Mothering: An interview with Peggy O’Mara

Editor’s note: This interview with Peggy O’Mara was originally published on March 7, 2014. The longtime owner and editor of Mothering magazine, this woman helped to inspire so many Attachment Parenting families. And now there’s an opportunity for you to meet her and she her speak at Attachment Parenting International’s 2014 “Cherishing Families, Flourishing Children” conference on September 26-27 at Notre Dame University in South Bend, Indiana, USA. It’s not too late to register for this one-of-a-kind event!

Peggy O'MaraAs it turns out with so many of the most amazing people I have been privileged to write about, Peggy O’Mara—a mother of four who was an absolutely integral force in starting and carrying the Attachment Parenting movement for 35 years through her magazine, Mothering—didn’t set out to change the world.

But, wow, she sure did.

I always pictured Peggy as a high-powered magazine executive, but it became quickly apparent that she is just like you and me—first and foremost a mother, now a grandmother, who adores her family but also has a giving heart with a passion for helping parents at all points in their parenting journey.

To begin with, when I began our phone interview and apologized ahead of time for the interruptions from my children that were sure to happen—and did, over a box of Valentine’s Day cards—Peggy recalled a memory of the magazine’s staff, including herself, bringing children into the office and attending them while pushing out stories and putting together the lifeline for so many mothers that Mothering was. Oh, and she said that sometimes she misses that part with the children underfoot.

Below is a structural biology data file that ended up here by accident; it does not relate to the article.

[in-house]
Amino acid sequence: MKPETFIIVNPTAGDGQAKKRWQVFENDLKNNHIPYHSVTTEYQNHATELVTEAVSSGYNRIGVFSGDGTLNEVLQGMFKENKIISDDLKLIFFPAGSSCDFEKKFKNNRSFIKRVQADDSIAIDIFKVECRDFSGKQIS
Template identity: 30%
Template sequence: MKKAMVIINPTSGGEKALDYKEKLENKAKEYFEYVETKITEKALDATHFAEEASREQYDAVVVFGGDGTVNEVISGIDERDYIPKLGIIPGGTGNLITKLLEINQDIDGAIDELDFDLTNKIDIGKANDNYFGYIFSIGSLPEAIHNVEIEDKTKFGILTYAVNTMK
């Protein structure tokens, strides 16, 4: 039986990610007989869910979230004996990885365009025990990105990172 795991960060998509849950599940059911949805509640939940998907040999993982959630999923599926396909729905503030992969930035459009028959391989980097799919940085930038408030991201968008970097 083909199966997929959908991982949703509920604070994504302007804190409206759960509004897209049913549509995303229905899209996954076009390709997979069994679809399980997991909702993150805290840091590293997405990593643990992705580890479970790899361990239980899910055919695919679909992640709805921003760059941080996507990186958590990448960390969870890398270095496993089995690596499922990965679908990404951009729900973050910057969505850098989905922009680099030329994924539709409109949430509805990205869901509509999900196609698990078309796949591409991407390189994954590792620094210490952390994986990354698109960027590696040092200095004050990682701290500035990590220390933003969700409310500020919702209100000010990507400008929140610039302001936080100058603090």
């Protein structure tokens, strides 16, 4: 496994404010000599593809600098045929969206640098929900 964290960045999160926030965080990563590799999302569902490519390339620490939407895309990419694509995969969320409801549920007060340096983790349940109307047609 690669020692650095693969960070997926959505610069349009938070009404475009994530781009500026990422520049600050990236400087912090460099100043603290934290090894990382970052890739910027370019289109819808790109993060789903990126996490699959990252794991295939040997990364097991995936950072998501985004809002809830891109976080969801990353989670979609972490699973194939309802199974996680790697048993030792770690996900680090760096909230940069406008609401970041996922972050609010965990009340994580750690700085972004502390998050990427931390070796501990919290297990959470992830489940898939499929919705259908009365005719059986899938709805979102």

While for many of us, Peggy O’Mara and Mothering are synonymous—one will always be linked to the other in our minds—I want this interview to celebrate Peggy as herself, because while Mothering magazine was a large part of her life, she is so much more.

RITA: You began with Mothering at a time very different from today, more than a decade before Attachment Parenting International was founded. What inspired you to begin your Attachment Parenting journey?

PEGGY: I was a La Leche League Leader before Mothering.

I gave birth to my first child in 1974. I was living in southern New Mexico (USA), which was a pretty rural area. My husband and I had moved there wanting to get back to the land. We just had that kind of mindset.

My parents were there, too. When, I became pregnant, La Leche League was the first thing I found for any kind of support.

There was a really strong culture of volunteering in those days. Women were just beginning to work more outside the home. I became a La Leche League Leader in 1975. Because there were so few leaders in the area, I quickly took on other volunteer jobs within La Leche League. I did the area newsletter for a time, and then I took on the job of coordinating leader applicants. This job is really what prepared me for Mothering, especially in talking to people about their parenting philosophies and learning how to ask questions. I learned so much from La Leche League.

mothering2011RITA: And then came Mothering?

PEGGY: Most people think I founded Mothering, but I didn’t. I actually found Mothering in 1976, in a health food store in Albuquerque (New Mexico, USA).